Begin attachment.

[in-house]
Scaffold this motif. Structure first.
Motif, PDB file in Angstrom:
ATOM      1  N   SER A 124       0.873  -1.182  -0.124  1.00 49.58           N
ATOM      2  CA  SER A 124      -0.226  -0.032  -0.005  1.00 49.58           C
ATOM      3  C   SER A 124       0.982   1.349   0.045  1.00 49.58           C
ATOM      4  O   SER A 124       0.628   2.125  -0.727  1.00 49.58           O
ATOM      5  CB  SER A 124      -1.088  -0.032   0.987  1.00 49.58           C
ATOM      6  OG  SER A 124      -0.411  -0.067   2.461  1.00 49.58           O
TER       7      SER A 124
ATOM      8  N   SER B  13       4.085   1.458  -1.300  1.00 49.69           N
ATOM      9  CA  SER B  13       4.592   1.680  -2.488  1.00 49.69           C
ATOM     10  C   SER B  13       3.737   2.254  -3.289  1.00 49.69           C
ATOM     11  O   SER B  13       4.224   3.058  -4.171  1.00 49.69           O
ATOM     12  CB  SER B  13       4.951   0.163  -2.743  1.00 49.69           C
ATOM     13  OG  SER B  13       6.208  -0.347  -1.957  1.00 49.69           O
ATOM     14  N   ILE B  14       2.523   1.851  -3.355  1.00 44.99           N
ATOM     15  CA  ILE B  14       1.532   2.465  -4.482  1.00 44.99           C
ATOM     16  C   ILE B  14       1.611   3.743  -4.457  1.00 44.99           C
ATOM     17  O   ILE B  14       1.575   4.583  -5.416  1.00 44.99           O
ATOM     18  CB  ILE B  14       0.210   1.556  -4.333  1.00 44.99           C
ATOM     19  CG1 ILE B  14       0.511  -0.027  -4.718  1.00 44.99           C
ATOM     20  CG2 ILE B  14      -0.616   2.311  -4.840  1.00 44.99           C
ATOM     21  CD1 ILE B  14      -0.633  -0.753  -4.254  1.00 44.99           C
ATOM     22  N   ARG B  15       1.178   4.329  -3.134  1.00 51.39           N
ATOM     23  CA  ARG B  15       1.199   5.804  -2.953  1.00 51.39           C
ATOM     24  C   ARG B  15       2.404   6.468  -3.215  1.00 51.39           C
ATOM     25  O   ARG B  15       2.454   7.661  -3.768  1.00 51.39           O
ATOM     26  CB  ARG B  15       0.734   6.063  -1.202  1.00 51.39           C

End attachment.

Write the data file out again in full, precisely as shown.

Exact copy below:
[in-house]
Scaffold this motif. Structure first.
Motif, PDB file in Angstrom:
ATOM      1  N   SER A 124       0.873  -1.182  -0.124  1.00 49.58           N
ATOM      2  CA  SER A 124      -0.226  -0.032  -0.005  1.00 49.58           C
ATOM      3  C   SER A 124       0.982   1.349   0.045  1.00 49.58           C
ATOM      4  O   SER A 124       0.628   2.125  -0.727  1.00 49.58           O
ATOM      5  CB  SER A 124      -1.088  -0.032   0.987  1.00 49.58           C
ATOM      6  OG  SER A 124      -0.411  -0.067   2.461  1.00 49.58           O
TER       7      SER A 124
ATOM      8  N   SER B  13       4.085   1.458  -1.300  1.00 49.69           N
ATOM      9  CA  SER B  13       4.592   1.680  -2.488  1.00 49.69           C
ATOM     10  C   SER B  13       3.737   2.254  -3.289  1.00 49.69           C
ATOM     11  O   SER B  13       4.224   3.058  -4.171  1.00 49.69           O
ATOM     12  CB  SER B  13       4.951   0.163  -2.743  1.00 49.69           C
ATOM     13  OG  SER B  13       6.208  -0.347  -1.957  1.00 49.69           O
ATOM     14  N   ILE B  14       2.523   1.851  -3.355  1.00 44.99           N
ATOM     15  CA  ILE B  14       1.532   2.465  -4.482  1.00 44.99           C
ATOM     16  C   ILE B  14       1.611   3.743  -4.457  1.00 44.99           C
ATOM     17  O   ILE B  14       1.575   4.583  -5.416  1.00 44.99           O
ATOM     18  CB  ILE B  14       0.210   1.556  -4.333  1.00 44.99           C
ATOM     19  CG1 ILE B  14       0.511  -0.027  -4.718  1.00 44.99           C
ATOM     20  CG2 ILE B  14      -0.616   2.311  -4.840  1.00 44.99           C
ATOM     21  CD1 ILE B  14      -0.633  -0.753  -4.254  1.00 44.99           C
ATOM     22  N   ARG B  15       1.178   4.329  -3.134  1.00 51.39           N
ATOM     23  CA  ARG B  15       1.199   5.804  -2.953  1.00 51.39           C
ATOM     24  C   ARG B  15       2.404   6.468  -3.215  1.00 51.39           C
ATOM     25  O   ARG B  15       2.454   7.661  -3.768  1.00 51.39           O
ATOM     26  CB  ARG B  15       0.734   6.063  -1.202  1.00 51.39           C